Many believed Pope Francis would reverse criticism of U.S. nuns for behavior deemed conflicting with Church teaching; instead however, he reaffirmed the Vatican's reprimand of the Leadership Conference of Women Religious (LCWR) and US nuns were "thrown under the bus."
In a statement issued on May 8, 2014, the LCWR explained that meetings with the Congregations for the Doctrine of Faith (CDF) resulted in sadness because they learned that "impressions of the organization in the past decades have become institutionalized in the Vatican, and these institutionalized perceptions have led to judgments and ultimately to the doctrinal assessment." Regardless of "maximum efforts," it seems that "communication has broken down" and "mistrust has developed." Nonetheless, US nuns remain committed to dialogue.According to the LCWR,
Passion for all that the Church can be deepens our commitment to stay at the table and talk through differences. We want to be part of the universal Church rooted in the Gospel, a Church that hears the cry of the poor and is united in its response. At the same time, we cannot call for peace-making in Syria, the Middle East, in South Sudan, unless we too sit at tables with people who hold varying views and work patiently and consistently for a genuine meeting of minds and hearts.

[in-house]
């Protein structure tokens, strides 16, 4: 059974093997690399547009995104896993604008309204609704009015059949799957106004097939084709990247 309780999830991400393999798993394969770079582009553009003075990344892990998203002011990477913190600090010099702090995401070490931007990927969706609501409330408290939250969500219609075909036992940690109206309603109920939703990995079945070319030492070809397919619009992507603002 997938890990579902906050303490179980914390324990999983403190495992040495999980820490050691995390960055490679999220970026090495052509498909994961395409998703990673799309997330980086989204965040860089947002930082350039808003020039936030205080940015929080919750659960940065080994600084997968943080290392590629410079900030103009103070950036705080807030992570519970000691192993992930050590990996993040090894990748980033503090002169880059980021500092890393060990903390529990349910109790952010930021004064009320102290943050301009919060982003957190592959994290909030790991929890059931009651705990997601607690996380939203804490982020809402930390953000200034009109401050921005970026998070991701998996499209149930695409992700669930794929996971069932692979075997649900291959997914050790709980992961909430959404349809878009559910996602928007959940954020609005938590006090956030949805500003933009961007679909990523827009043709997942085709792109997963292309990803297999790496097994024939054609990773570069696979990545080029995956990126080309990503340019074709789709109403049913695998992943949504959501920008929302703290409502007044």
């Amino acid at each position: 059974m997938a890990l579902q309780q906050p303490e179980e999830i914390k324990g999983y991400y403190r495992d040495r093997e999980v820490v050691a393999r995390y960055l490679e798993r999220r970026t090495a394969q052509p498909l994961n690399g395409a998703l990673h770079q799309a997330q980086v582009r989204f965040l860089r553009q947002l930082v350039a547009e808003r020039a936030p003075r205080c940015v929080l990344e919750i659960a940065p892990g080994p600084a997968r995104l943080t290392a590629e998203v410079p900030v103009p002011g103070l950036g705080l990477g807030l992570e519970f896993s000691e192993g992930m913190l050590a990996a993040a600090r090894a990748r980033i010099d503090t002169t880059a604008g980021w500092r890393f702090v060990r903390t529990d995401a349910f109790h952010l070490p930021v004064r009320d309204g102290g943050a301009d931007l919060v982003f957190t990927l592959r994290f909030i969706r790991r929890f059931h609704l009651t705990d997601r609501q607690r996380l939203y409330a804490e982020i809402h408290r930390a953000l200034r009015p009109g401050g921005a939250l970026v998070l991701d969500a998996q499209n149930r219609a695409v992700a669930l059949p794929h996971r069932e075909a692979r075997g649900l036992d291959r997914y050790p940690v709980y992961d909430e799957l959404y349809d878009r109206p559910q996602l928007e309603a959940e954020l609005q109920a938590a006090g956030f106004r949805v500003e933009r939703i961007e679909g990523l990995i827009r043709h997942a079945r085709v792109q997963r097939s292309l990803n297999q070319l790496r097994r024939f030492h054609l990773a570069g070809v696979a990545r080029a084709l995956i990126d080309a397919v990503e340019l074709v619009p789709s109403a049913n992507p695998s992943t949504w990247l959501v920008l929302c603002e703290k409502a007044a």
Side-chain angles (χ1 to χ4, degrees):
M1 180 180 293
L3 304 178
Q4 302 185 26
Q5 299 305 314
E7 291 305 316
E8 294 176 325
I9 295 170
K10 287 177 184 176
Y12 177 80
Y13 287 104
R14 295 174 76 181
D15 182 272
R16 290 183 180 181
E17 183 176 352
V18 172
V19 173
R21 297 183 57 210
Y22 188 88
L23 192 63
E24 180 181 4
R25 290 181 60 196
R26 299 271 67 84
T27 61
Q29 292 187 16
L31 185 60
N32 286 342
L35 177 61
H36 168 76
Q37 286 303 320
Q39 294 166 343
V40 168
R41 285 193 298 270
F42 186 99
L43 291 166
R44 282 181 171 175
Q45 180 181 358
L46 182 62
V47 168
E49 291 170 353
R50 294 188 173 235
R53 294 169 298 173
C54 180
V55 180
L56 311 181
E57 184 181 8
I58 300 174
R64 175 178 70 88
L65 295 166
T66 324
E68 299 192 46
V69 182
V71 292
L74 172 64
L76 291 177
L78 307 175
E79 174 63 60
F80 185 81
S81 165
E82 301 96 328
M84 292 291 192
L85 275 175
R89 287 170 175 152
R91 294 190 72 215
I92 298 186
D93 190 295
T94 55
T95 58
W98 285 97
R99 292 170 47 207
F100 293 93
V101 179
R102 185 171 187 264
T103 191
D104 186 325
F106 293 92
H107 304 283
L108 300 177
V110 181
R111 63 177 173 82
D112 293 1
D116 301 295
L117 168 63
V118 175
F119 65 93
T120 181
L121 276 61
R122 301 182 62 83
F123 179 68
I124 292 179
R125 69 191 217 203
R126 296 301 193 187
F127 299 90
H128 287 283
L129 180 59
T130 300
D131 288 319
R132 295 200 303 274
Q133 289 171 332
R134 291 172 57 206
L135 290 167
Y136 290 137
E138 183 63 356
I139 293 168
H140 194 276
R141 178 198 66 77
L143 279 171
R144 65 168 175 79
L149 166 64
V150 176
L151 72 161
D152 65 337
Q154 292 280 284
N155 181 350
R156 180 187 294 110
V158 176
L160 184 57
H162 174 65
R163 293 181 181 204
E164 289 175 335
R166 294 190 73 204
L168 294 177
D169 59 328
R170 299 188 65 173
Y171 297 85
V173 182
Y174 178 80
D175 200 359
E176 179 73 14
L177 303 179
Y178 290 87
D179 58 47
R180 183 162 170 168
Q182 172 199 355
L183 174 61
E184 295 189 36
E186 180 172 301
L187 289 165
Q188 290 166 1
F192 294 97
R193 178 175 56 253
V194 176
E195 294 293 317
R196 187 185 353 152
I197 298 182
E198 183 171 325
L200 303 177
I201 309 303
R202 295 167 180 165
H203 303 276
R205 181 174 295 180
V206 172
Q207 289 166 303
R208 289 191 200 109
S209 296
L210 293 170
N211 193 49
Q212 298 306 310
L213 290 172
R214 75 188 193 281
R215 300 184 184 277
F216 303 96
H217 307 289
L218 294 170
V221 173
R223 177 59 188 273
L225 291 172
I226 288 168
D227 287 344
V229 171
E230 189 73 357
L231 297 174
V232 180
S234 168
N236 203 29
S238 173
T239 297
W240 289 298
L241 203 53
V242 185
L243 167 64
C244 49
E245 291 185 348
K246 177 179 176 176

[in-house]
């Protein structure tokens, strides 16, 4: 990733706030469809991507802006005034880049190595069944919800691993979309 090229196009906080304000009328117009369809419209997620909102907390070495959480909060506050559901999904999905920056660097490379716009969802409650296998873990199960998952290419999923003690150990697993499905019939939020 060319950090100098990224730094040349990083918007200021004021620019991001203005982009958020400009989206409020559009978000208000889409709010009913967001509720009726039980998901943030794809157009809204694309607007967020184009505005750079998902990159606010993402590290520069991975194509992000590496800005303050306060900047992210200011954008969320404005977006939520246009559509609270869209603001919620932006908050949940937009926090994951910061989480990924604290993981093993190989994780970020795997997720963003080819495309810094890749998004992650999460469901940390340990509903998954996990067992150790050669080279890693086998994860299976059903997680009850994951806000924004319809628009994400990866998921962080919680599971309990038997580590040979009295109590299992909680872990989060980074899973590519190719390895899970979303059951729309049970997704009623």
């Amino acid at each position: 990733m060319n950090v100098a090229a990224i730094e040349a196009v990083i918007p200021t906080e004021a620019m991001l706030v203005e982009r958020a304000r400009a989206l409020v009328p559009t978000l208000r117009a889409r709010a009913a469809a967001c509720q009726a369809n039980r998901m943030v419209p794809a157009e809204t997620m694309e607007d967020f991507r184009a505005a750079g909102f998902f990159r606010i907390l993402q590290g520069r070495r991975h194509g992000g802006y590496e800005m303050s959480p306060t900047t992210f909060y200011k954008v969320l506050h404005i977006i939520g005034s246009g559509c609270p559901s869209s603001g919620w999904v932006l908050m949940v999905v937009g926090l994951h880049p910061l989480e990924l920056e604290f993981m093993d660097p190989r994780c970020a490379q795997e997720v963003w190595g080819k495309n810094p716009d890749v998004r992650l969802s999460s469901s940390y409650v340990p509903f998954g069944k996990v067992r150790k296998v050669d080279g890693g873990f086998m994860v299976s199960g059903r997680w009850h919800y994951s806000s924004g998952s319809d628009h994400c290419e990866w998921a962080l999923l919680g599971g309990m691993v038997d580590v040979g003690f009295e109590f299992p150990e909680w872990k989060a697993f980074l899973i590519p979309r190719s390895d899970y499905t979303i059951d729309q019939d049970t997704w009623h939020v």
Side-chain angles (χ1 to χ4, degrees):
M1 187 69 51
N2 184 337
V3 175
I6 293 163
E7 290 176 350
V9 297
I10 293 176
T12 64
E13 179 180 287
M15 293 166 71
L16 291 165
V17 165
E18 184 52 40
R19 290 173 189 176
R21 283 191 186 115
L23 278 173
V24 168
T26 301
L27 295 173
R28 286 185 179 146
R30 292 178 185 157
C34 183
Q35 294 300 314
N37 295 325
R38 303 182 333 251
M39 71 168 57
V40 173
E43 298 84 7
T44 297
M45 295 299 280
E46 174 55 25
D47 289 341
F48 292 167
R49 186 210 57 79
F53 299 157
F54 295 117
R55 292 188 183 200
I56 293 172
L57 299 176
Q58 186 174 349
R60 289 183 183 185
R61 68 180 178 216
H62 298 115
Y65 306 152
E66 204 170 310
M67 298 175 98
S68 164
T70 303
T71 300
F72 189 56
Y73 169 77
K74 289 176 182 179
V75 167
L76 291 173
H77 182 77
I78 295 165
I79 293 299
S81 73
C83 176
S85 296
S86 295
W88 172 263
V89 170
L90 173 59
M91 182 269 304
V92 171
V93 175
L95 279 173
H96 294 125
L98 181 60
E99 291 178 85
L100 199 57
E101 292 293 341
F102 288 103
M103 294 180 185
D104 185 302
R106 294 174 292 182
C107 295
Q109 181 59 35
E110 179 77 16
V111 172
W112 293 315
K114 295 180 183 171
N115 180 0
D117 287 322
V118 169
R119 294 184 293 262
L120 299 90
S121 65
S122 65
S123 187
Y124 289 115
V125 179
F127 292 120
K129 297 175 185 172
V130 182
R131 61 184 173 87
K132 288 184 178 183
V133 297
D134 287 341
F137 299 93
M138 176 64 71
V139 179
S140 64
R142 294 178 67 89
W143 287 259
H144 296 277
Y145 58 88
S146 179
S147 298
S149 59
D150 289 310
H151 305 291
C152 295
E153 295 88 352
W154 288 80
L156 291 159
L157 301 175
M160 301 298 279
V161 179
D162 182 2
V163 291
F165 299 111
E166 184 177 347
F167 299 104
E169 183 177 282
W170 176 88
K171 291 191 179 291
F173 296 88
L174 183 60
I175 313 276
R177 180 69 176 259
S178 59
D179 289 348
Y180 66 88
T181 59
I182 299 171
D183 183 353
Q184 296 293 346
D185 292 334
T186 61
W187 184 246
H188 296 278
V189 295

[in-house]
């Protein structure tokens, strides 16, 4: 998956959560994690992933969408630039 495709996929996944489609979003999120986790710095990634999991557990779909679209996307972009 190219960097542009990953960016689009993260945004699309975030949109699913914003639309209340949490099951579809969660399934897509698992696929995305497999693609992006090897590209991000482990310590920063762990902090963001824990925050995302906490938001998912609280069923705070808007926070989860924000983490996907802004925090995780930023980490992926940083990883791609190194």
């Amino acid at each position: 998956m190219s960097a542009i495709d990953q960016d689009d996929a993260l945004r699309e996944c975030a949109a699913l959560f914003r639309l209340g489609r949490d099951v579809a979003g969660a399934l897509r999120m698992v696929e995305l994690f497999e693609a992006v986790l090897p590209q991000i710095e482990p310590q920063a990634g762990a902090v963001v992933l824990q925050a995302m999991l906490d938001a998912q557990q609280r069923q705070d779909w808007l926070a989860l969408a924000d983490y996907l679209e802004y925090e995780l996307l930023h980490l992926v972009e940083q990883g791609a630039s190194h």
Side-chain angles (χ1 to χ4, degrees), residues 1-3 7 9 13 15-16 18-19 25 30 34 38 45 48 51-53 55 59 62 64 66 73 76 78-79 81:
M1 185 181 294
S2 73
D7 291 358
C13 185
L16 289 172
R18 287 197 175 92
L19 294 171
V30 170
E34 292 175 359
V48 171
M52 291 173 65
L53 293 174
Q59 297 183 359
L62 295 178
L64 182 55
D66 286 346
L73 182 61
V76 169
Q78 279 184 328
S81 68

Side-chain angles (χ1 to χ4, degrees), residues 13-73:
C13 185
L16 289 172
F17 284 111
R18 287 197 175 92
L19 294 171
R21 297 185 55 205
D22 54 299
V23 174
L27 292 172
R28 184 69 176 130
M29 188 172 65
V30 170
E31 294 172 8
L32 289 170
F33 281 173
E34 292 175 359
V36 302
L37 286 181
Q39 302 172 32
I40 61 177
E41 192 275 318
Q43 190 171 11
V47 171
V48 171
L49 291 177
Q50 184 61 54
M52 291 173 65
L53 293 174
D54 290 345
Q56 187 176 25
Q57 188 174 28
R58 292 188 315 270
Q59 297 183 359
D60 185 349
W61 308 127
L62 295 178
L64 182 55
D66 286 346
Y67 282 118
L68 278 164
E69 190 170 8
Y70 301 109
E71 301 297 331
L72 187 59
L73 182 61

The gasp was heard around the world last year when the LCWR, representing more than 90 percent of US Catholic nuns, was publicly criticized for "serious doctrinal problems" under the direction of Pope Benedict XVI. According to the Vatican, these rogue nuns were pushing "radical feminist themes" that were inconsistent with the teachings of the Catholic Church.
Although poverty receives the greatest attention from the nuns efforts, they were heavily criticized for their support for the Affordable Care Act. The Vatican also claimed that the nuns were not focused enough on condemning same sex relationships and reproductive rights. Nuns on the Bus was launched in direct response to the reprimand and American Catholics received the effort with overwhelming support.
U.S. nuns have stood firm stating that their intentions have been misunderstood by the Vatican and remain steadfast in their efforts to work for social justice. The LCWR explains, "At our meeting with the CDF officials, we experienced a movement toward honest and authentic conversation on some of the matters that lie at the heart of our faith and our vocation. We have come to believe that the continuation of such conversation may be one of the most critical endeavors we, as leaders, can pursue for the sake of the world, the Church, and religious life."